Native Hawaiians have made numerous contributions to society, but are often left out of any discussions regarding great historical discussions. Perhaps more egregiously, prominent Hawaiian leaders are often left out of modern American history, in spite of their contributions. In due respect, here are five biographies of some of the more prominent Hawaiian leaders.
1. Waterman: The Life and Times of Duke Kahanamoku by David Davis
Before Michael Phelps and Mark Spitz were breaking records, Duke Kahanamoku was the dominant swimmer to contend with. Duke is a major reason why Olympic swimming was elevated to a must-watch sport. He broke world records, won medals, and even introduced surfing to the world. But apart from being an under appreciated global sports icon, he was also a major representative of the Hawaiian people. As dark skinned global athlete, Duke encountered racism wherever he went and found ways to overcome it with grace and dignity. This fantastic biography does a wonderful job covering all aspects of Duke’s life. Hopefully by reading Waterman, more readers will have a greater appreciation for his legacy.
2. Kamehameha: The Boy Who Became a Warrior King by Ellie Crowe
Kamehameha is the King who united the Hawaiian islands, creating the Hawaiian kingdom. Kamehameha is probably one of the singularly important figures in native Hawaiian history. Without him, there might not be a unified kingdom, and history may have played out much differently. Since his story is so old, this book plays out more like a Greek myth than a factual biography in the typical mold of a political leader. Although this book is really more for kids, it is still a great introduction to his life and the life of the early Hawaiian people.
3. Hawaii’s Story by Hawaii’s Queen by Liliuokalani
Liliuokalani was the last official queen of the Hawaiian kingdom. Deposed in 1893, she continues to be a prominent figure in native Hawaiian history. Her memoirs are the only written account of what the Hawaiian people went through when the monarchy was overthrown. If you are unfamiliar with the overthrow of the Hawaiian monarchy I would highly recommend the memoirs of Queen Liliuokalani. It is a fantastic account of what happened, and authentically lays out how history was perceived by the native Hawaiian people and members of the monarchy. Apart from telling her own story, Liliuokalani also tries to educate the rest of the world on the plight of the Hawaiian people.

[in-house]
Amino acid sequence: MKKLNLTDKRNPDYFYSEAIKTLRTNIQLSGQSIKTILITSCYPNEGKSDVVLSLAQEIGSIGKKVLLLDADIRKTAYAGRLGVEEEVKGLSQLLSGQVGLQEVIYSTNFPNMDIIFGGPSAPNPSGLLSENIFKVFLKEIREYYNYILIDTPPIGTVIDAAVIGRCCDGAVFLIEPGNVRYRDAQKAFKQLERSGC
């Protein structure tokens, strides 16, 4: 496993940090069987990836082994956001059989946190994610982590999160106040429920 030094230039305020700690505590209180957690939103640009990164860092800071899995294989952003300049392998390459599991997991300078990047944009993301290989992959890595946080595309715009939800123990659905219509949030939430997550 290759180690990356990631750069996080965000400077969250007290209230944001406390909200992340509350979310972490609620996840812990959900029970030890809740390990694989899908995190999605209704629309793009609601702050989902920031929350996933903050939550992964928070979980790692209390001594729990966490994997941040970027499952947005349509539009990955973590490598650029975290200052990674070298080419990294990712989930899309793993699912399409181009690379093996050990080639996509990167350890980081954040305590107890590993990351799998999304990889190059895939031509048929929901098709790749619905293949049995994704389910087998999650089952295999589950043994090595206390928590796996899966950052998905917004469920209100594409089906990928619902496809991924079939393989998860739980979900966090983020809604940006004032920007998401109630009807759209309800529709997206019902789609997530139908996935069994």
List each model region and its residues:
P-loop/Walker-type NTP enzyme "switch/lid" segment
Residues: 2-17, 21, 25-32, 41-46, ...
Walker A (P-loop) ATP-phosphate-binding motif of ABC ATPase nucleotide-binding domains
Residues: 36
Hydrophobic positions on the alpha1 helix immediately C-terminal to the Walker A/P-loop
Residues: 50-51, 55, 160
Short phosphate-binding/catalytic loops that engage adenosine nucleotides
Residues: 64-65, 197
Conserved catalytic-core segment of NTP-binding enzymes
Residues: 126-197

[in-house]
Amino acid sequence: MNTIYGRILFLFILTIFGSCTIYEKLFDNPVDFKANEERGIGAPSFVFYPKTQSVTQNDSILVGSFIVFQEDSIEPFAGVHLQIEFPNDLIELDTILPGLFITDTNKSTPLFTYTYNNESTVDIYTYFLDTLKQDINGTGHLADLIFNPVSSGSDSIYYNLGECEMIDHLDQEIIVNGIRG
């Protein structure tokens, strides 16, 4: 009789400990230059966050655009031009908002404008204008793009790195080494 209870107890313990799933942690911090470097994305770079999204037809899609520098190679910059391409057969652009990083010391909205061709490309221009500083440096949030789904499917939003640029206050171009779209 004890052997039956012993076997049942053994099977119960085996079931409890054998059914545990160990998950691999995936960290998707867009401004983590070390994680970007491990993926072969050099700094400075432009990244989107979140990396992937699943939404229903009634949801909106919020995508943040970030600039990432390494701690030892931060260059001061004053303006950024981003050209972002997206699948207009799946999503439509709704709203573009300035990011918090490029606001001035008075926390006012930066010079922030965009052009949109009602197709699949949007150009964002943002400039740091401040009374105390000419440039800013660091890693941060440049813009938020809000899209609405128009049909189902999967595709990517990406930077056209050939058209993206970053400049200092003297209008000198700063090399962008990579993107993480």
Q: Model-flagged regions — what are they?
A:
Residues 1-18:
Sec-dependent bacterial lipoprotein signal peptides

4. Princess Ka’iulani: Hope of a Nation, Heart of a People by Sharon Linnea
Sharon Linnea tells the story of one of the last Hawaiian princesses with this biography. Linnea covers the entirety of Ka’iulani’s life, highlighting her fight for Hawaiian independence. Often overlooked by history, Ka’iulani’s tale is one of bravery, principle, and grace. In 1893, she served as an emissary for her people to the US government. She pleaded with the United States to allow the native Hawaiians to continue to govern themselves and end colonial rule. Linnea uses translated journals and other documents to reconstruct the mood of Ka’iulani’s visit to the mainland. Although her trip ultimately proved to be a failure, it is still important to recognize her courage in fighting for Hawaii’s independence.
5. Hawaiki Rising: Hokule’a, Nainoa Thompson and the Hawaiian Renaissance by Sam Low
For the longest time, the story behind the native Hawaiians appearance on the Hawaiian islands was attributed to sheer luck. The old narrative dictated that the native Hawaiians appeared upon the Hawaiian isles after drifting at sea on crudely made rafts. Nainoa Thompson sought to change that narrative by proving his ancestors actually knew what they were doing and navigated the sea via star patterns. Sam Low chronicles the trials and tribulations that came with Nainoa Thompson’s attempt to reclaim his people’s history. Thompson’s voyage kicked off a revived interest in studying and preserving native Hawaiian culture. To this day, voyages are still undertaken from Hawaii to various countries using these native Hawaiian techniques Thompson sought to revive. The rebirth of Hawaiian language programs and the concerted effort to teach Hawaiian culture can also be attributed to Thompson, making him one of the more prominent figures in modern Hawaiian history.
There are other lesser-known leaders that didn’t make this particular list, but I hope these 5 biographies and memoirs will get you interested in reading more about Hawaiian history.
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Featured image via Al Jazeera